12. CHAPTER FOUR The Costs of Large Aircraft
    (pp. 31-40)

    Chapter Three estimated the costs of large fires and, hence, the benefits of successful initial attack. This chapter focuses on the life-cycle costs of large aircraft,C_{A}(a). A Specifically, we estimated annualized aircraft costs or the expected annual payment associated with operating each of several types of large aircraft. Our estimates are broad enough to represent the expected costs under a range of ownership structures, including aircraft owned and contracted by the Forest Service. This analysis does not make recommendations about whether the Forest Service should own or contract for its firefighting aircraft.

    Per the Forest Service’s direction, the...

  13. CHAPTER FIVE The RAND National Model
    (pp. 41-66)

    As discussed in the Chapter One, we use two different but complementary approaches to estimate the social cost–minimizing portfolio of Forest Service initial attack aircraft. In this chapter, we present the RAND National Model, which uses Forest Service data to develop a fire simulation and then estimates the portfolio of aircraft that would minimize the total cost of wildfires, including cost of large fires (Chapter Three) and cost of aircraft (Chapter Four).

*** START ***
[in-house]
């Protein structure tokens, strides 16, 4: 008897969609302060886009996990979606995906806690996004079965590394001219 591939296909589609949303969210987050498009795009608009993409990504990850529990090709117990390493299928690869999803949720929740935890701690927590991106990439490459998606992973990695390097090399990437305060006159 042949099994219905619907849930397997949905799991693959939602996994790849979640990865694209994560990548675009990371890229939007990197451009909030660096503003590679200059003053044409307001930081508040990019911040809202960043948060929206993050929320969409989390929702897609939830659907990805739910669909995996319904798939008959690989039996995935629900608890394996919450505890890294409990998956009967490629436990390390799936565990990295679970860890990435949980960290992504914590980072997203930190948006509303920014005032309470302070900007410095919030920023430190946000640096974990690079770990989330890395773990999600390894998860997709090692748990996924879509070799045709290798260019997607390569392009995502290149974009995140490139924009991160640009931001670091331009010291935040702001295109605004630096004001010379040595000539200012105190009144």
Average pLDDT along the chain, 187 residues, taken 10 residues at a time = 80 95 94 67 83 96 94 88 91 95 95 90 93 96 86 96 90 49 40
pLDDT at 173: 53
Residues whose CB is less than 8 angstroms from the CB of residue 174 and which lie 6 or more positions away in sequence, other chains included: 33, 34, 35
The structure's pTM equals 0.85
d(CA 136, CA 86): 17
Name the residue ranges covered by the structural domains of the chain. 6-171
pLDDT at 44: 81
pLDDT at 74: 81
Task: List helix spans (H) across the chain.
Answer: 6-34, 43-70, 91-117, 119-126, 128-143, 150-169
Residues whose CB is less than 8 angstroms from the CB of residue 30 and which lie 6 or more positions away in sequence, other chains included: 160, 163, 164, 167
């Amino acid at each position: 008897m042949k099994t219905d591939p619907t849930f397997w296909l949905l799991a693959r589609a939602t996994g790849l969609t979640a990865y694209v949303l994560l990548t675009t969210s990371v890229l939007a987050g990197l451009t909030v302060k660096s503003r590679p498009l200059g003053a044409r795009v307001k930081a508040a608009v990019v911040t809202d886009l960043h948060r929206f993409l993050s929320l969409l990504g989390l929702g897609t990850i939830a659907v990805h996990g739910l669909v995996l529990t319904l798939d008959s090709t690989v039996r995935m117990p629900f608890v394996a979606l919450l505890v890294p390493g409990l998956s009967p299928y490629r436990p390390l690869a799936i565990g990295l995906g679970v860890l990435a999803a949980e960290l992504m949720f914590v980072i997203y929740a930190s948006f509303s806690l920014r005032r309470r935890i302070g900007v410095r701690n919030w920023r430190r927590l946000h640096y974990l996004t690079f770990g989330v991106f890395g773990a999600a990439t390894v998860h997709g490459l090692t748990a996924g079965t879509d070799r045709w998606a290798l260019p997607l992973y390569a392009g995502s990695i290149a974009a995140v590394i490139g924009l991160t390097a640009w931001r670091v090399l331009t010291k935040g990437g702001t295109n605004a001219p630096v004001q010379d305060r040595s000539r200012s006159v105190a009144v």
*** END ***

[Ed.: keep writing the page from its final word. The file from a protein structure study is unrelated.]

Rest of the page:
The next chapter, Chapter Six, presents the Local Resources Model. The Local Resources Model has a similar objective as the National Model, but it uses FPA’s simulated...

  14. CHAPTER SIX The RAND Local Resources Model
    (pp. 67-84)

    Like the National Model, the Local Resources Model systematically analyzes different aircraft combinations and basing options, identifying the fleet mix that minimizes total social costs,C_{F}(f(a)) + C_{A}(a). However, unlike the National Model, the Local Resources Model’s characterization off(a)is built on fire season, ground resources, and containment estimates generated by the FPA system. In addition, the Local Resources Model allows the differential social costs of fires,C_{F}(f), F to vary by location.

    FPA is a Forest Service system designed to assist decisionmakers in resource allocation choices. FPA’s traditional focus has been at the local Forest Service Fire Planning...

  15. CHAPTER SEVEN Concluding Remarks
    (pp. 85-90)

    The two models we developed to assess the mix of large aircraft that would optimize society’s returns on investment in Forest Service initial attack capabilities provided a frustratingly broad range of answers—from 18 large aircraft in the Local Resources Model to 56 large aircraft in the National Model GACC-restricted variant (see Table 7.1).¹

    As Table 7.1 shows, the National Model suggests an increase in the number of scoopers (from 40 to 43) when water goes from efficacy parity with retardant to being half as effective. Further, the National Model again recommends 43 scoopers when water is one-quarter as effective...

  16. Appendix A. Equations Used to Construct High and Low Fire Cost Estimates
    (pp. 91-98)
  17. Appendix B. Trends in Fire Aviation Demand Through 2030
    (pp. 99-104)
  18. References
    (pp. 105-114)